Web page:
Victoria and Pearl

A pair of doughty old ladies: Victoria and Pearl

On the same morning as Pearl Harbor was attacked by the Japanese, so was Hong Kong. (History books tell us Hawaii was hit on Sunday 7th, Hong Kong on Monday 8th – but you’re not fooled by the international dateline.)

Just over a day earlier, on Saturday night, another ‘Tin Hat Ball’ was put on at Hong Kong’s Peninsula Hotel to raise funds to help poor war-battered Britain build the aircraft it needed to defeat Nazi Germany. As a war-free colony, it was felt that it was the least they could do for old Blighty. A $5HKD ticket would include supper and dancing until 2am. This time (on December 6 – not as dated on the poster below), the Governor of Hong Kong would be there, as would Mme Sun Yat-sen. The orchestra played The Best Things in Life are Free, young ladies waltzed wildly, and each ball gown’s flared skirt flew out as a swinging bell.

Tin Hat Peninsula

Suddenly the music stopped. A naval officer had commandeered both a megaphone and a balcony overlooking the dance floor. He announced that all naval personnel must report to their ships. War was imminent and it was felt that the safest place for warships would be at sea. There was a similar emergency plan to evacuate the warships from Pearl Harbor, but the threat was not recognised in time.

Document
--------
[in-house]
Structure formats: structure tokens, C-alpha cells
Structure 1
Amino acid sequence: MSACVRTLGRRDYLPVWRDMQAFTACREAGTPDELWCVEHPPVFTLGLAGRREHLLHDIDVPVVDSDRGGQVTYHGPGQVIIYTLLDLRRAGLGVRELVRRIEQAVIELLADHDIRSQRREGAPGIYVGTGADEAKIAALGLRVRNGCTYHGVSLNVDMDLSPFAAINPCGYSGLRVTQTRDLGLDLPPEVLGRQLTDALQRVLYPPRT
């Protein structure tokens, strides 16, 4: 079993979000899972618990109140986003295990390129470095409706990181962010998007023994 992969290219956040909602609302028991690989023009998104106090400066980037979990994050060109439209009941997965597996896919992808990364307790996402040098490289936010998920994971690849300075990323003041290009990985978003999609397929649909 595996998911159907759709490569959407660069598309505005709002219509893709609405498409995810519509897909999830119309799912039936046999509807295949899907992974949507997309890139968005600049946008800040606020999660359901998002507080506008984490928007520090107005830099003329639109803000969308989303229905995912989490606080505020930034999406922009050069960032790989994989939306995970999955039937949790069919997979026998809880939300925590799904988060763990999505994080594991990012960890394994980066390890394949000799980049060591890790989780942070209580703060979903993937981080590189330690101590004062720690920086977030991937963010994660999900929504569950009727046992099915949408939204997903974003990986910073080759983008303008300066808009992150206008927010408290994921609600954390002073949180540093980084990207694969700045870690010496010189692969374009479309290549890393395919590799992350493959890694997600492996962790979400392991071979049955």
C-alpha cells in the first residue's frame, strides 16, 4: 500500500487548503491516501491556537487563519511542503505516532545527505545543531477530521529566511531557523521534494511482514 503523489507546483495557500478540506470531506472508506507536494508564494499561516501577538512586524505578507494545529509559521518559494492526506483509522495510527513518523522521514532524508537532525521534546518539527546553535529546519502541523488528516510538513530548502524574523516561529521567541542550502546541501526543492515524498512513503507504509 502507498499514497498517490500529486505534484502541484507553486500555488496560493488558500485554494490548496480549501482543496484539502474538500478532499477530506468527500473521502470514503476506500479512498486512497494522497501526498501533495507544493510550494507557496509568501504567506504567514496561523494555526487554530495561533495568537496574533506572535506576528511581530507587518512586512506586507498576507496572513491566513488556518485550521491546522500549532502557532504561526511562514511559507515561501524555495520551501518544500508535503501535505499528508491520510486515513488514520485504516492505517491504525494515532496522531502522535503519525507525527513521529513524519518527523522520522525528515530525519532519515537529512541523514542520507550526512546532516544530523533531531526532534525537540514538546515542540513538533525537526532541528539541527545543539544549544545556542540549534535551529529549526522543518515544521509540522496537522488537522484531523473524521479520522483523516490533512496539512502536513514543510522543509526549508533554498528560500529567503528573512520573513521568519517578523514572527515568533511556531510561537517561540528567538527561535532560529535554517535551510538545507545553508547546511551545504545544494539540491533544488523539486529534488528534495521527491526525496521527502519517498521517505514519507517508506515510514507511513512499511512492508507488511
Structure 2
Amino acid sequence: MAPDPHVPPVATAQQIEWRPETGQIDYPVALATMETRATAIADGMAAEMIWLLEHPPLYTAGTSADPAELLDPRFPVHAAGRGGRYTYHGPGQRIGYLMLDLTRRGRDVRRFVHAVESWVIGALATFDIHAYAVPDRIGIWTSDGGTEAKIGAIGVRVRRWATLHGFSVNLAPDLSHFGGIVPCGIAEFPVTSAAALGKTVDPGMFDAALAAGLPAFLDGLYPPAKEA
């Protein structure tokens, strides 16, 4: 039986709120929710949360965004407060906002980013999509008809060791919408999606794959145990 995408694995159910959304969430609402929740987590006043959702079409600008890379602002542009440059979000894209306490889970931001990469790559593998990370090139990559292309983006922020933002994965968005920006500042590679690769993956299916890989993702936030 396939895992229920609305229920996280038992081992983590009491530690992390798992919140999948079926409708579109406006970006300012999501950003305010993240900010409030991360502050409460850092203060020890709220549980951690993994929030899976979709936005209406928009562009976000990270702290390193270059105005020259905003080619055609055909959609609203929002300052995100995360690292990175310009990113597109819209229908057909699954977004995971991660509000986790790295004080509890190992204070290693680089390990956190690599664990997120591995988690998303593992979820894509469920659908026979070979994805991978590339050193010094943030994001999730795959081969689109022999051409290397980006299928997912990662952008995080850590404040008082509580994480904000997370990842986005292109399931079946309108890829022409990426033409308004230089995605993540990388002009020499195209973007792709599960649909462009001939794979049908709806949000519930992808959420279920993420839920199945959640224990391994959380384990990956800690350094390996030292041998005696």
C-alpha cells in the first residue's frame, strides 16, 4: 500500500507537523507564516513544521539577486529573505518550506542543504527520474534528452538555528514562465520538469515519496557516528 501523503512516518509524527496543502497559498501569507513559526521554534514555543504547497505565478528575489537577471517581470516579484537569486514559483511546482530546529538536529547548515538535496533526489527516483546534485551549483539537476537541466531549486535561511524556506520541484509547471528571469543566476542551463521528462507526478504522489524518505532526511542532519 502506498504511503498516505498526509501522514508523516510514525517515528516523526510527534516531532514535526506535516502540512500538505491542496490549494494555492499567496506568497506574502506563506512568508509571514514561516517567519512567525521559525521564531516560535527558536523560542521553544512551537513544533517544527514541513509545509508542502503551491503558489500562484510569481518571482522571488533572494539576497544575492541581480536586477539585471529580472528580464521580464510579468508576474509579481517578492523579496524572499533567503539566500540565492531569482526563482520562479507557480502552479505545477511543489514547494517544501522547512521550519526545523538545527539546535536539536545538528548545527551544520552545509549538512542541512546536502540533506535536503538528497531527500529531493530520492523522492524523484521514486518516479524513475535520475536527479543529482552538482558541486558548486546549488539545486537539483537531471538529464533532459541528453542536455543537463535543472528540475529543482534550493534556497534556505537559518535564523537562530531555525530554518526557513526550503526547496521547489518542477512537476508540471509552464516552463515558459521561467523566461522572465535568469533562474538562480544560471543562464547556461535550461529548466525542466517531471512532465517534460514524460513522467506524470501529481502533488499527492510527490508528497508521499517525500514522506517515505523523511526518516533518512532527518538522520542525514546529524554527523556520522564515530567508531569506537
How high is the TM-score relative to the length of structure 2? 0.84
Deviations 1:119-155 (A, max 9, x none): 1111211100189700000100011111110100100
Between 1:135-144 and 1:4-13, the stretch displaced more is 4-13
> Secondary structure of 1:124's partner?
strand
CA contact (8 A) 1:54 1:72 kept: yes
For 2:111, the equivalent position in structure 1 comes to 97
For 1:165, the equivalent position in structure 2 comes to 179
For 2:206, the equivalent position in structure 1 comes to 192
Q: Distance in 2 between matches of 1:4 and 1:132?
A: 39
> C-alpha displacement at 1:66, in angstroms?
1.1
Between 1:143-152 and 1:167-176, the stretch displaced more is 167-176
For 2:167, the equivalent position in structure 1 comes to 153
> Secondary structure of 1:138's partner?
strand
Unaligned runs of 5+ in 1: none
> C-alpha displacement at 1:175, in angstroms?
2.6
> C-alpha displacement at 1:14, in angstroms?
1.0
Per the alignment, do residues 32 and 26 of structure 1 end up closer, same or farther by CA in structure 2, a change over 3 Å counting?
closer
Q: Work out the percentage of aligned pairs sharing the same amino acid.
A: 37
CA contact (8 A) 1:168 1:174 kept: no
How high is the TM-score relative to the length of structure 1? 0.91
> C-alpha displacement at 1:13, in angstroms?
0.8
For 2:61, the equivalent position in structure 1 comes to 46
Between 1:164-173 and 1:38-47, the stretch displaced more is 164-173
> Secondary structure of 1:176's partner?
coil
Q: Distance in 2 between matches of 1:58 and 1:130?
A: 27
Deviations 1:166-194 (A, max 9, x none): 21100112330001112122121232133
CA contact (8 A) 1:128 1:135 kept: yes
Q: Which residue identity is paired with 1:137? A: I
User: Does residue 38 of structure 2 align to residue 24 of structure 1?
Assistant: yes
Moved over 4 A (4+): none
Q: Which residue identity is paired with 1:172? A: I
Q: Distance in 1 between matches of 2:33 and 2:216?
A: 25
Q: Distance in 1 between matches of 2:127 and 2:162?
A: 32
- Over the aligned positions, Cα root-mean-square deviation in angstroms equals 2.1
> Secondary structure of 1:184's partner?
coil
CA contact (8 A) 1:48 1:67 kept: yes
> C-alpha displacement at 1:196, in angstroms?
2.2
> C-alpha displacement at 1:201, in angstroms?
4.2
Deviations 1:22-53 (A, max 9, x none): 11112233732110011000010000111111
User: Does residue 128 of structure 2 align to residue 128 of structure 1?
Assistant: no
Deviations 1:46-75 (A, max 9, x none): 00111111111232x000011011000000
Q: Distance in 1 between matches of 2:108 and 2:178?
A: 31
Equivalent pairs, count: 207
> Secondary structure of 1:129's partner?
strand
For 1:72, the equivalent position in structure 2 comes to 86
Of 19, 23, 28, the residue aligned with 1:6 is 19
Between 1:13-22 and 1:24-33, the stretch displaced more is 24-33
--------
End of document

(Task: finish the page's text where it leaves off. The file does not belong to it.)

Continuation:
At 2am (Hong Kong time) on Monday 8th December, Pearl Harbor was attacked. At 4.45am coded instructions on Tokyo radio informed listeners Japan was at war with Britain and the USA. In Hong Kong, the Governor was notified and troops were told to prepare to retreat from forward positions on the border with China. Later they were told why.

The city awoke to sunshine, a clarion blue sky and air raid sirens. Shortly after 8am a dozen Japanese bombers, with fighter escorts, dived bomb Kai Tak Airport in the heart of Kowloon. Lining the runway which projected into the harbour were all five military aircraft and seven civilian planes. Britain’s entire air fleet was knocked out of operation within five minutes. By comparison, the armed forces fighting the Battle of Hong Kong would last a whole lot longer.


Click for details on, and link to, my Radio Show – my December 2015 RTHK Battle of Hong Kong special

To find out more online:

Focus on the Battle of Hong Kong at Tony Banham’s Hong Kong War Diary or Phlilp Cracknell’s Battle for Hong Kong blogspot. Search around old Hong Kong, including wartime diaries, in David Bellis’ Gwulo website. There is a Battle of Hong Kong Facebook group and a Stanley camp Yahoo group.

In 2017, I hope to publish The Slightest Chance – a novel set in wartime Hong Kong. For my  first novel, set in Poland, Prague, Paris and London, 1939-42, see


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